People who move frequently or live far from their work (e.g. students, travellers, homeless people, working people on short-term jobs, MPs) may find it inconvenient to access a local GP. They may need GP services for minor illnesses and chronic disease monitoring, but not for home visits or social services.

    I think there is a need for non-geographic GP services tailored towards the second group, and in some areas such as university campuses they already exist. However, there is a risk that they may be too profitable because they are mainly used by younger able-bodied patients, so capitation payments must be reduced to balance this.

  4. Lana Tremain says:

    I would disagree with you on that.

    I and my two children do not have a GP because we were let down badly by our previous one. I also work as an interpreter in the ones that are in my area and therefore can not be registered with them.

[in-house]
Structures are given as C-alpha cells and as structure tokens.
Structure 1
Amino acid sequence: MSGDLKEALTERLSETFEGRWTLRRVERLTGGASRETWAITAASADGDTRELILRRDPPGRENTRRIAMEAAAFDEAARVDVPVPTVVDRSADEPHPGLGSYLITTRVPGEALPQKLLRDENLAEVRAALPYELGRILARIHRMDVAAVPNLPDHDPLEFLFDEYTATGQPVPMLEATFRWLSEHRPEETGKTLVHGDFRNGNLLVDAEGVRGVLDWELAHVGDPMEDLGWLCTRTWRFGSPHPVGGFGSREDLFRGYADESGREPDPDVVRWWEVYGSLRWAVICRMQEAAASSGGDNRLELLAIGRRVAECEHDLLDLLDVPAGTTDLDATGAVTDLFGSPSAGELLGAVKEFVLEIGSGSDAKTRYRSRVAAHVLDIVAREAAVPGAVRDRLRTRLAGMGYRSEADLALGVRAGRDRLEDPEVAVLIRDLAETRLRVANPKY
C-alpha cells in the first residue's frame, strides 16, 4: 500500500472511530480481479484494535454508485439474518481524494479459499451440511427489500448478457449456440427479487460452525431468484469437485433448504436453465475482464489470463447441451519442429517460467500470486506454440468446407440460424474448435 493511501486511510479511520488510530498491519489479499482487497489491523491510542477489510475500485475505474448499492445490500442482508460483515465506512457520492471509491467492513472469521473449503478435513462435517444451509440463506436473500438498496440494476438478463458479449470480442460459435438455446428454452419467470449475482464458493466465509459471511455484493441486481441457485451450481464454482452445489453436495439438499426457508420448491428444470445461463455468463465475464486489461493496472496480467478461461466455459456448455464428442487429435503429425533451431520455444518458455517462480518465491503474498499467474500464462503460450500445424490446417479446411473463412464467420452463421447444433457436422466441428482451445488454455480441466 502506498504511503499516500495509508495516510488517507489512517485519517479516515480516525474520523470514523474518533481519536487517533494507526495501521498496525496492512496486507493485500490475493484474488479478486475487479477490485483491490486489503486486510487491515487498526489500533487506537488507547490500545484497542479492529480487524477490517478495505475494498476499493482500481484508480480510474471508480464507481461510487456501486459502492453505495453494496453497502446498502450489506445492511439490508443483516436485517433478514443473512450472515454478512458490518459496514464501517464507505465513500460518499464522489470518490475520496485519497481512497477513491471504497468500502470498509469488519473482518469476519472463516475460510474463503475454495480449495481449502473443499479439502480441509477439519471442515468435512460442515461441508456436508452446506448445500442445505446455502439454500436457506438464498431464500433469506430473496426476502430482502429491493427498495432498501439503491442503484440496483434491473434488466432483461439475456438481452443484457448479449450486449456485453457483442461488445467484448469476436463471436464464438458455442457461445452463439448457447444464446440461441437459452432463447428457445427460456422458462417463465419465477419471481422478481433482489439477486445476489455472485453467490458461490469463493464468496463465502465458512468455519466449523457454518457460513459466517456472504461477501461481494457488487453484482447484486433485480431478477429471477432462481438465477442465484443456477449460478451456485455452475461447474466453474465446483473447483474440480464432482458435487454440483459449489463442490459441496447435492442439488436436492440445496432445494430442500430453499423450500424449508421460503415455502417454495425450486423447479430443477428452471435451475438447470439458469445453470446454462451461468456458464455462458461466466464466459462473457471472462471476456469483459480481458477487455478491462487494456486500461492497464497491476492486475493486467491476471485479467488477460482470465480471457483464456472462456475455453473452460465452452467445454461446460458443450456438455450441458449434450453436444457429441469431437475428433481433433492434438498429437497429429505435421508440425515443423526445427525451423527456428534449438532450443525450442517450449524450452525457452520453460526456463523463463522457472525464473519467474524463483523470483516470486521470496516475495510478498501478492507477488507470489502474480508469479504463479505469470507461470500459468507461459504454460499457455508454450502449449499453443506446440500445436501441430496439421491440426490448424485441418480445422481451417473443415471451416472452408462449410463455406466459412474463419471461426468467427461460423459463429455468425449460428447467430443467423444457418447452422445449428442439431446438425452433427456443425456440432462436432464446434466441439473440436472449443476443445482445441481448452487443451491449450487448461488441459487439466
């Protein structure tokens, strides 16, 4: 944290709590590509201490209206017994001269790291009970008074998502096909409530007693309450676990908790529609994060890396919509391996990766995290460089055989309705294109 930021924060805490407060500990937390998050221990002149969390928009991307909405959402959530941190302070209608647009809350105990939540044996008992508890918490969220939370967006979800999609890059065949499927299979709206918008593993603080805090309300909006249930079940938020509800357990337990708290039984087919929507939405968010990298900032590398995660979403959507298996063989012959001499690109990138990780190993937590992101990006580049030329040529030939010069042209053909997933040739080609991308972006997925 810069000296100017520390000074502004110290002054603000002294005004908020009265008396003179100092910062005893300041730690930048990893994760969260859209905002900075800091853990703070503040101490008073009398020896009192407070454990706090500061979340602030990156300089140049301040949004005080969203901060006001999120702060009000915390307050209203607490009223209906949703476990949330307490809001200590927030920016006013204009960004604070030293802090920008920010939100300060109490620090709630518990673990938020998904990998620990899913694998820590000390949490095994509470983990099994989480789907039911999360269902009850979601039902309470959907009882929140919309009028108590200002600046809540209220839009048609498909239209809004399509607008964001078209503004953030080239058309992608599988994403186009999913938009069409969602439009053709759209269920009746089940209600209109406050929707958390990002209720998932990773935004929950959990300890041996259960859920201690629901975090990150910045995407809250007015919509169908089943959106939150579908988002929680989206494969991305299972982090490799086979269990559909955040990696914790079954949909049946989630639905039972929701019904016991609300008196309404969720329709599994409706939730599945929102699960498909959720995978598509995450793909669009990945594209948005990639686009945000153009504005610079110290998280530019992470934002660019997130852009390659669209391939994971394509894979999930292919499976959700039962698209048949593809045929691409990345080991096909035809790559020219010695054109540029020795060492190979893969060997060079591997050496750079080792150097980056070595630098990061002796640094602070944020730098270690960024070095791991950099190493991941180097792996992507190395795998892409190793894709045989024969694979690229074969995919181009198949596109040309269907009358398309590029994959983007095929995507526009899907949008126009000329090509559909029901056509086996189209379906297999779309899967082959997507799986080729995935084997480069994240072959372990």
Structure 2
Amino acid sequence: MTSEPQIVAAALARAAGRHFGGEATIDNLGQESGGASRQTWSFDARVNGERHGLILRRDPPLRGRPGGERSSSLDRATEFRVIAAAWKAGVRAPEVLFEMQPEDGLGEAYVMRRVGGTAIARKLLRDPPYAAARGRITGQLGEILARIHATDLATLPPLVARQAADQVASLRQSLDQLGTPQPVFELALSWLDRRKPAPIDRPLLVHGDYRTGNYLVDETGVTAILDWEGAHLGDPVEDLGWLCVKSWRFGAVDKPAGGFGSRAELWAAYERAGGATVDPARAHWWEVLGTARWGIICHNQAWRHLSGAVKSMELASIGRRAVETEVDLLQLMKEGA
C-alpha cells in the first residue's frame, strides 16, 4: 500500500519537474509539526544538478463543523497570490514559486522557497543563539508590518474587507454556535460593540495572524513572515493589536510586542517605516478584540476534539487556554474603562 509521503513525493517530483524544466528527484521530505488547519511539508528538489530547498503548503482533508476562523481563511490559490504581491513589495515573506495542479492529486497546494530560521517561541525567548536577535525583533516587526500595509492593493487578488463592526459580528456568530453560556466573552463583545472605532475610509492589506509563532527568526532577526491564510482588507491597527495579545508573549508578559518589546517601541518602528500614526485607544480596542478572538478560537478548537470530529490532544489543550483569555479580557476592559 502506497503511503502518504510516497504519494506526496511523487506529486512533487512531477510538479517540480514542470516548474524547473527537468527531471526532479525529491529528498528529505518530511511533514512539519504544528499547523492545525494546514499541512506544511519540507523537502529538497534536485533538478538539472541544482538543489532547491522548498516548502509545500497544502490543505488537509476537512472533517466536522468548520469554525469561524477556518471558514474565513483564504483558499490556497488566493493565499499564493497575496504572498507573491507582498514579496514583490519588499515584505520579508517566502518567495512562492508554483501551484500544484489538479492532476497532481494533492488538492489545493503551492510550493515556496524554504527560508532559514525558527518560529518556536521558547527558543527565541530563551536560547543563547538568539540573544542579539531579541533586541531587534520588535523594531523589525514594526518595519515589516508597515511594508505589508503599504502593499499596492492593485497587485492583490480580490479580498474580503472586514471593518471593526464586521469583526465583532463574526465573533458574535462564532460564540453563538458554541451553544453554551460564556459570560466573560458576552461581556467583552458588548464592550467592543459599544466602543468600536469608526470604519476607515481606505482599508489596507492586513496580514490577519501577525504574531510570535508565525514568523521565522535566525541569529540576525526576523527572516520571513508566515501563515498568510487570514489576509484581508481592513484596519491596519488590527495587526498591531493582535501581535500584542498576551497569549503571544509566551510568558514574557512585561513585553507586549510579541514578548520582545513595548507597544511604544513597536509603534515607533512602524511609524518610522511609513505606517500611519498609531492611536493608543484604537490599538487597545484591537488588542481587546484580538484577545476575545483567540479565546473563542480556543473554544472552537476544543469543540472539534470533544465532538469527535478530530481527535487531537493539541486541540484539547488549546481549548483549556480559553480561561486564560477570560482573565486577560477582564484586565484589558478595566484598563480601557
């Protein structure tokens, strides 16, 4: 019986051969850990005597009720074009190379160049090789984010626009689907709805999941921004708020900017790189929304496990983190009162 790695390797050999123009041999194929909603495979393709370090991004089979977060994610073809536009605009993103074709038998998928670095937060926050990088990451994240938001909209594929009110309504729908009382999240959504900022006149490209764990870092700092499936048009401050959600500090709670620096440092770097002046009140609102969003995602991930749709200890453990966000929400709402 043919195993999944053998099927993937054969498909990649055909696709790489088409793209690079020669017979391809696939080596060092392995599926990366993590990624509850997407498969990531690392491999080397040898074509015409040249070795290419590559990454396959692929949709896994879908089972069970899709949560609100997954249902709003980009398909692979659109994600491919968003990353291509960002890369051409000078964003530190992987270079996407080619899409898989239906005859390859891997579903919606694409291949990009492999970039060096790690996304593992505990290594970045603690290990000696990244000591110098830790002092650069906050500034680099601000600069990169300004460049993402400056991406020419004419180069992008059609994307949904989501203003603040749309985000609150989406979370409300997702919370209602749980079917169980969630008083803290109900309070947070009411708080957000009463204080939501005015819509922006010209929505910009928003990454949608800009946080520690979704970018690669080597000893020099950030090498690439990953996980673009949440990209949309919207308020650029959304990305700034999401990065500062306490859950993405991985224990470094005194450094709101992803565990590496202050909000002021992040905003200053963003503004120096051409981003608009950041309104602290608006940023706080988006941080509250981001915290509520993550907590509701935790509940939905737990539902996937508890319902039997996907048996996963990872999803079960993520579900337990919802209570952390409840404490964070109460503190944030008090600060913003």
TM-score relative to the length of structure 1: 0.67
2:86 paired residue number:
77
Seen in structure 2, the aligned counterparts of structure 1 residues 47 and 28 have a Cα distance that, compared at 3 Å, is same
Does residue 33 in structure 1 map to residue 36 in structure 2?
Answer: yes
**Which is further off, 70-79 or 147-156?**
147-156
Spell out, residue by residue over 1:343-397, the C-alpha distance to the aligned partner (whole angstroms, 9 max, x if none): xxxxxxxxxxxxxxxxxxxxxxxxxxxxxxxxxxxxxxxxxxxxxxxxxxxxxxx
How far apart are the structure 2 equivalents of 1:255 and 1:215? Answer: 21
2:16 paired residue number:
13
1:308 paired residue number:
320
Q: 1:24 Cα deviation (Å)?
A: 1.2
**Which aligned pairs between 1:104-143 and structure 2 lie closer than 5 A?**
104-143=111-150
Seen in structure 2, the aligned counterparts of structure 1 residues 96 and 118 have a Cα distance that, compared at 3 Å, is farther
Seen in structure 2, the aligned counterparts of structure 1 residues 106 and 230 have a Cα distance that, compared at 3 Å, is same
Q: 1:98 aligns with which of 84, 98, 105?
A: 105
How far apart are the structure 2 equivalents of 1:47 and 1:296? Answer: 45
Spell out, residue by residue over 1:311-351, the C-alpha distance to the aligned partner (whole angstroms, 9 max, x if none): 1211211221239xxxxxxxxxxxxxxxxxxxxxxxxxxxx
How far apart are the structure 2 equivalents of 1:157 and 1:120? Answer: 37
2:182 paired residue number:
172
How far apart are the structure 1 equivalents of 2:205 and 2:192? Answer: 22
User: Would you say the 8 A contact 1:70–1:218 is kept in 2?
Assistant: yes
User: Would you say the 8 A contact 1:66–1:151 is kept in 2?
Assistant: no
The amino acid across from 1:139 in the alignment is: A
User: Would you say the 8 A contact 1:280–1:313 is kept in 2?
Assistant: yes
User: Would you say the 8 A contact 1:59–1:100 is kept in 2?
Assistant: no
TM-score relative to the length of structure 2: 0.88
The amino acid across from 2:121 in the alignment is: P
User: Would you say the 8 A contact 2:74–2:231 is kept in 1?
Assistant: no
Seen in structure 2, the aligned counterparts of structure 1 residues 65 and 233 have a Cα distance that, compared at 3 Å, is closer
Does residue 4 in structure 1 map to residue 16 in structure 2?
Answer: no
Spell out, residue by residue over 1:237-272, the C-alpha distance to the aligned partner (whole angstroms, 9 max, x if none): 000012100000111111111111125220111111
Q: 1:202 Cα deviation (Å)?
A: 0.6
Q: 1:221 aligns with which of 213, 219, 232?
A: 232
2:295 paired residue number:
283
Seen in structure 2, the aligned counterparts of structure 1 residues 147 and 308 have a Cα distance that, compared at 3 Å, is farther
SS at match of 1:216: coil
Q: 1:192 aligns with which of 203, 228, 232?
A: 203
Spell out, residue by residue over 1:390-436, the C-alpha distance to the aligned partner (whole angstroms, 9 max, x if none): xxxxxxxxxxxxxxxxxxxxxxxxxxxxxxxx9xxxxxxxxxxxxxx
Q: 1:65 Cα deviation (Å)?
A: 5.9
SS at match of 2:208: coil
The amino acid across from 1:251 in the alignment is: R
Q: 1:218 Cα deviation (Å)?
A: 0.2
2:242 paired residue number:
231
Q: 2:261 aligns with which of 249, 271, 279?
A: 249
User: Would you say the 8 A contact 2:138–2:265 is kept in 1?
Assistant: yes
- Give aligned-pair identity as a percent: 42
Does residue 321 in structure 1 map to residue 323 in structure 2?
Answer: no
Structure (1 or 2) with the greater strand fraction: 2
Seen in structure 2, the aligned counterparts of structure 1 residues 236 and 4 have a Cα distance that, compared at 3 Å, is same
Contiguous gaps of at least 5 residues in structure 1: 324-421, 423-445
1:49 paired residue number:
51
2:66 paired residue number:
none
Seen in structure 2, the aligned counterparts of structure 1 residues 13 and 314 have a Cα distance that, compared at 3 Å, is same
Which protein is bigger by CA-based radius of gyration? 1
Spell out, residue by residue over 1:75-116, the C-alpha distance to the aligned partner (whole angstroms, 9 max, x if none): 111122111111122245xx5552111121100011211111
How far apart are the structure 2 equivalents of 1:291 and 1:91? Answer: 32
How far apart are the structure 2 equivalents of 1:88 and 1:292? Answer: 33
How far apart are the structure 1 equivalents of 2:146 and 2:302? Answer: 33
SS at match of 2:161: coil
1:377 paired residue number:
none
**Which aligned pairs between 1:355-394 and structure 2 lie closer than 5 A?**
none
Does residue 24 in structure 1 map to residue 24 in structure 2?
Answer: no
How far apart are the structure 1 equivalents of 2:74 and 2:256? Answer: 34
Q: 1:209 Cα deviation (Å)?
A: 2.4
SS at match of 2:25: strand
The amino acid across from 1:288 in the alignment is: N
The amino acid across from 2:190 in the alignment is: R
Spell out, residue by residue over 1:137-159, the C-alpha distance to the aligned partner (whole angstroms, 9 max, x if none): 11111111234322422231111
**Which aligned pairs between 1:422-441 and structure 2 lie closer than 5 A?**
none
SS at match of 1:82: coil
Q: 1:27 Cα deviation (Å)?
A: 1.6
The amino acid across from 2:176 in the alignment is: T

There are a few other practices around that have a very bad reputation.
    Why should I have to register with them???

    There is however one practice within 1.2 miles (I drive) that is suitable and has a great review but I can not register there as we are out of their boundaries…

    In my case I believe the opportunity to register with GP of your choice is great and I hope this will be possible soon, we currently have no doctor.